The Smart 600W from Thermaltake is also 80+ Certified which is a good thing but it is a bit of a step back from the EVGA 500B unit. The 80+ white certification means that the Thermaltake unit can maintain the efficiency of at least 80% under load, and while that is great news, it is a little lower than what EVGA offered with their 80+ Bronze certified 500B unit. This makes the Thermaltake Smart 600W a mixed bag in terms of value.

The Thermaltake Smart unit also comes with a single 120mm fan that is sufficiently quiet even under load and manages the thermals of the PSU nicely. 2x 8-pin PCIe connectors are included with the Smart 600W and that means that this unit can handle GPUs with much bigger power requirements. Thermaltake has gone ahead and given a 5-year warranty with the Smart 600W which is more than any other PSU in our roundup, and that definitely makes it a smart choice for a budget build.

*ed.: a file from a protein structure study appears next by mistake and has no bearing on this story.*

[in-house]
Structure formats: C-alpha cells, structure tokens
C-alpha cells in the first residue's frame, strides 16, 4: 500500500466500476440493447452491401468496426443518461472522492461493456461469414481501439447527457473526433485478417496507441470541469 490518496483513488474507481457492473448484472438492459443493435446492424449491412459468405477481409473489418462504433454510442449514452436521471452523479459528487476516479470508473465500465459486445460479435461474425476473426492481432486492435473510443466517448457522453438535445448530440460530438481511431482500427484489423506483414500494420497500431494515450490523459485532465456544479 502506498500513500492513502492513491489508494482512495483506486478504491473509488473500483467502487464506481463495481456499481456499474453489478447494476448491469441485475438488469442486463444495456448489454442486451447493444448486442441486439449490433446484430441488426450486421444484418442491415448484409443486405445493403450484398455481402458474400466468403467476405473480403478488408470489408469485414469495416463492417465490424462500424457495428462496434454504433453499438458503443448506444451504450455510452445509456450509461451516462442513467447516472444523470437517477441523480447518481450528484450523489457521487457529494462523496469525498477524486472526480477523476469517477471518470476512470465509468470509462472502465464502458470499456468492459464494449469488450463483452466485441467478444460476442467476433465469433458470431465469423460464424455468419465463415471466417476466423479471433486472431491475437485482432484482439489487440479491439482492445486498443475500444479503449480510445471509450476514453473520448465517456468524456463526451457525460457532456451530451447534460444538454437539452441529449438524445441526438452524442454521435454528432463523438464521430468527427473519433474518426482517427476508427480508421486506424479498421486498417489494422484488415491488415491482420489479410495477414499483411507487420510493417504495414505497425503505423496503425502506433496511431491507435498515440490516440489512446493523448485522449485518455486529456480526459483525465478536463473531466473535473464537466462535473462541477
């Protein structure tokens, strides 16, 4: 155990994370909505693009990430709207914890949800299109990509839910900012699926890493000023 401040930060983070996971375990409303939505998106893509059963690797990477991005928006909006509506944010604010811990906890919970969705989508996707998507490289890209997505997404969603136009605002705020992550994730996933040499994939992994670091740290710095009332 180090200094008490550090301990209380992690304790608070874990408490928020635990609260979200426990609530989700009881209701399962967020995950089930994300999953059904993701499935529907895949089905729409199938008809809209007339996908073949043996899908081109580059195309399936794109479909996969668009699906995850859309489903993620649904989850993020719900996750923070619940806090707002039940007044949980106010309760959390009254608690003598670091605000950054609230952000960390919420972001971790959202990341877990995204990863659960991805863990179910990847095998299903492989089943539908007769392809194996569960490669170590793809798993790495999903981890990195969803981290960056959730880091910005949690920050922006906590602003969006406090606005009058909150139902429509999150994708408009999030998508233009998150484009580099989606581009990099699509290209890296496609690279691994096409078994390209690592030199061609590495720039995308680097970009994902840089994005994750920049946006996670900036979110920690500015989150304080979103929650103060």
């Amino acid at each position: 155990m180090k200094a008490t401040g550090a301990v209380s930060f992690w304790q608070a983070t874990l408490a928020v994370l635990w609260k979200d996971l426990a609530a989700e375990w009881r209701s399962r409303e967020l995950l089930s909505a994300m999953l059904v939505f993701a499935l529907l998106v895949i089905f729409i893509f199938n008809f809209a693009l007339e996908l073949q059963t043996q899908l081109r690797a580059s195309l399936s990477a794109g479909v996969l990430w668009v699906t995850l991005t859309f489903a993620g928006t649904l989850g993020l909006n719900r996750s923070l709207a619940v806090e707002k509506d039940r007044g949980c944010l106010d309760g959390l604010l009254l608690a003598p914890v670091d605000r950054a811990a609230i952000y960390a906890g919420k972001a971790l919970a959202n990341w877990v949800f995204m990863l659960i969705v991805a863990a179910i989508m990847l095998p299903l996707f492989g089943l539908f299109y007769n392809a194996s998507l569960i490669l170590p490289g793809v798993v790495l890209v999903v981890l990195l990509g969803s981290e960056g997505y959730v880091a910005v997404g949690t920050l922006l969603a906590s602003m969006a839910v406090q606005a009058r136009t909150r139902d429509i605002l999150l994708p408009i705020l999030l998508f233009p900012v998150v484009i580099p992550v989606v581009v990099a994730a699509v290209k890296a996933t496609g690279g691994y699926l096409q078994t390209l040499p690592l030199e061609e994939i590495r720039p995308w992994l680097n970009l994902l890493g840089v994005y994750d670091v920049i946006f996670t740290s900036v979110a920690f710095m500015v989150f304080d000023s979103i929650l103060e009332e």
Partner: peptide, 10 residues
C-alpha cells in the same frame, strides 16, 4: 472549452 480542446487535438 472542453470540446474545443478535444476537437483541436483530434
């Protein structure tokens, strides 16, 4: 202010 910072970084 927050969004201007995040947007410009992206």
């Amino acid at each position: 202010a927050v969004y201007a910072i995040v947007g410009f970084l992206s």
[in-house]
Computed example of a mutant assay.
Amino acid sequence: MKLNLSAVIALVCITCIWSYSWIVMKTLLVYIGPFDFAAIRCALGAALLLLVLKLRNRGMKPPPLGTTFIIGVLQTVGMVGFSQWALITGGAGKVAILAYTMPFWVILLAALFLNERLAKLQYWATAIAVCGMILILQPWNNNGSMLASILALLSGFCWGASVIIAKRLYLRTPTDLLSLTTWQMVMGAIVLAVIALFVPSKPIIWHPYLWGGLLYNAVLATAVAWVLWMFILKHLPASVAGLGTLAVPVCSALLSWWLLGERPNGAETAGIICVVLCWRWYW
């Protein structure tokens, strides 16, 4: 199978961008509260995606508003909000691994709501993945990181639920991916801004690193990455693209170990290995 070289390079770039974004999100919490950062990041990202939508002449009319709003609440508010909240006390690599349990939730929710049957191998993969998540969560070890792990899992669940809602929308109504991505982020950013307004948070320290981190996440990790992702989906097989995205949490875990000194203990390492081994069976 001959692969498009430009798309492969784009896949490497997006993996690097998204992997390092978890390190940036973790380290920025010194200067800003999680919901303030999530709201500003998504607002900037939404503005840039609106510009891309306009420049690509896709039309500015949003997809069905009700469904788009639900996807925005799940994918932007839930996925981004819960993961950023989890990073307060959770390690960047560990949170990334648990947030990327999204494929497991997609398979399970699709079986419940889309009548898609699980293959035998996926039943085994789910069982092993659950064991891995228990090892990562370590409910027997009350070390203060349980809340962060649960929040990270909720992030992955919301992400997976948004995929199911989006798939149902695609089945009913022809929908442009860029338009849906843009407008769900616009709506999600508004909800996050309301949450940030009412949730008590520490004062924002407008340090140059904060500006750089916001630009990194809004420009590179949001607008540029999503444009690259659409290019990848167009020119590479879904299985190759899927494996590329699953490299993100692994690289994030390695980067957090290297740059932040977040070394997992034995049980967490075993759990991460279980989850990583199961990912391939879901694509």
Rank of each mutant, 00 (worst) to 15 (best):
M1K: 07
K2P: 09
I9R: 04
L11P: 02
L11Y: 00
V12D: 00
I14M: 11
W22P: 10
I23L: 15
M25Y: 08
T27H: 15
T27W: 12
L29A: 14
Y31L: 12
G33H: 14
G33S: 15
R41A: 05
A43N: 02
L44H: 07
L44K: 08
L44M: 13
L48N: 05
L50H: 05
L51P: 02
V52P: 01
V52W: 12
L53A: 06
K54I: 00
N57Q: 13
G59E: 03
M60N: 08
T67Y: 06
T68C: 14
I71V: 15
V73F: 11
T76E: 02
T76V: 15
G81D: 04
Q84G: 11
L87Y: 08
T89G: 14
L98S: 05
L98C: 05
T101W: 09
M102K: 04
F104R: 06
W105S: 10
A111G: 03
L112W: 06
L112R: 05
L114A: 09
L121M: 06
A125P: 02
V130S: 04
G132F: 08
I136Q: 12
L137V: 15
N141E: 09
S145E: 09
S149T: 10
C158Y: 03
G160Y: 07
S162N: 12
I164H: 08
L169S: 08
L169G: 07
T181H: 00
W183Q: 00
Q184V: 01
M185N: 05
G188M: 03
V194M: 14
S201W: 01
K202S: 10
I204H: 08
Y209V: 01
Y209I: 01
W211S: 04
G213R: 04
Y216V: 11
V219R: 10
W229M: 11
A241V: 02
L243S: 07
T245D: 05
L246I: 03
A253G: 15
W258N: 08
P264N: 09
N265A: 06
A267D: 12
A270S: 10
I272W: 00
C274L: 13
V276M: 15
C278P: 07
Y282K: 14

With 600 watts of capacity, an 80 Plus certification, a 5-year warranty, and a relatively cheaper price tag than the EVGA units, the Thermaltake Smart 600W is a strong candidate for any entry-level or budget build with a decently powerful GPU. The Thermaltake Unit would have no problem handling GPUs like the RX 5500 XT or Nvidia’s GTX 1660 Ti, even at overclocked settings.

3. Corsair CX500M

Pricy but Solid Semi-Modular Option

Pros

  • 80+ Bronze Efficiency
  • Semi-Modular
  • Corsair's Reliability

Cons

  • More Expensive
  • Only 38A on the 12V Rail

2,089 Reviews

Wattage: 500 Watts | 12V Rail: Single, 38A | Fan Size: 120mm | 80 PLUS: Bronze | PCIe Connectors: 2 x 8 pin (6+2) | Warranty: 3 Years